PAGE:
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Billionaire SAS co-founder keeps on coding (computerworld.com)
74 points by naish 2742 days ago | hide | past | web | 32 comments | favorite



SAS institute is one of those rare companies where the founders did not sell or go public, but still created a hugely valuable business. Just comes to show that there are other routes you can take with your startup and be successful with enough hard work and preserverance.


In addition to this, SAS institute is an absolutely great place to work. All the employees there that I've talked to love it, are super dedicated and have no desire to work anywhere else.


I wholeheartedly agree. When so many seem to be seeking exit strategies, like an IPO or an acquisition, it's refreshing to see that some still think in a more long-term basis and battle to build businesses that will grow more organically throughout their entire lifetimes.

It's a bit like planting sequoias versus planting eucalyptuses. OK, I concede that the analogy may be sketchy, but you get the idea...


Whoever wrote the article is an ass:

Although still a desktop software product, JMP is so robust today that the latest, version 8, can display graphically millions of rows of data.

Although?? It's a desktop software product because the desktop is powerful. The personal computer you have under your desk is a very powerful machine. It's a shame that a lot of software moves as slowly as molasses and isn't coded with performance in mind.

:/


In a similar vein, I've always admired D. E. Shaw. who still publishes single author theory papers.

http://www3.interscience.wiley.com/journal/110562316/abstrac...


Quoting David E. Shaw:

"Maybe it was because I was in the financial field. It's a zero sum game. You cannot make money unless someone else is losing money. That's one of the reasons why I like science: it doesn't work that way."

Source: http://www.nature.com/news/2008/080116/full/451240a/box/1.ht...


> It's a zero sum game.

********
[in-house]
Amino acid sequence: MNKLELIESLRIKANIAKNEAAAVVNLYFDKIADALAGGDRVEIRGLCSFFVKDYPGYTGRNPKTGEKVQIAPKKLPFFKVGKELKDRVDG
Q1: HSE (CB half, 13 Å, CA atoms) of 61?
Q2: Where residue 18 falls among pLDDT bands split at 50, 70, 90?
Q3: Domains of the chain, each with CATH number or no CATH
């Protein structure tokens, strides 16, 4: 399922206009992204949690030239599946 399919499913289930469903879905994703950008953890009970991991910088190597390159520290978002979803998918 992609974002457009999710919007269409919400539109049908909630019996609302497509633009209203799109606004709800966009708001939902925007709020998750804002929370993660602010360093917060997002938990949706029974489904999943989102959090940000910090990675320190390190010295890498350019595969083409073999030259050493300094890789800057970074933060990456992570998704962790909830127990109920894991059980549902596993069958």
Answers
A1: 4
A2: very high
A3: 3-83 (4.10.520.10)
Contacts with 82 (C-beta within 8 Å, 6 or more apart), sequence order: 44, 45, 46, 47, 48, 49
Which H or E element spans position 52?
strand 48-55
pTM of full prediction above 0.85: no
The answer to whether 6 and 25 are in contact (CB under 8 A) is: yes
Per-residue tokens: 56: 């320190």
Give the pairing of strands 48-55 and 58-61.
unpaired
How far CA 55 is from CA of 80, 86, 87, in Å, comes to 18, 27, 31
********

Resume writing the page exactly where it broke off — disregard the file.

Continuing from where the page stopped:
That's embarrassingly false.


   Trading = Zero Sum
   Investing != Zero Sum


Depends. If e.g. we have different appetites for risk, than trading can generate value (though not dollars).


trading is zero sum if you don't count taxes and comission to brokers


Much of derivatives trading is indeed a zero-sum game. Let us not get into financial discussions, because it has been done before. Joe Smith has saved money for many years, and company X wants to expand their business. Joe Smith invests in company X by buying stocks, company X now has the money to buy some more machines and hire some more people, make more money, and Mr. Smith gets the dividend each year. And they live happily ever after...

Thing is, D.E. Shaw was not in the long-term investment business... and I doubt he's that ignorant about Finance. I mean, his hedge fund is quite prestigious...


Yeah, I misread the context of the quote. I thought he was talking about wealth.


It's still an open question whether short term trading is a contribution to finding the right price for something and thus helping to make the system as a whole more efficient. I don't know whether that's actually the case. It may be in some cases and not in others.


It does provide liquidity.


It does, so the reasoning would be that if an asset is actively traded that provides an incentive to invest in it because you know there's a place to sell it if you want to.

This seems plausible, but of course, it comes at a cost. Part of that cost is that for smart people it can be more lucrative to trade something than to make something.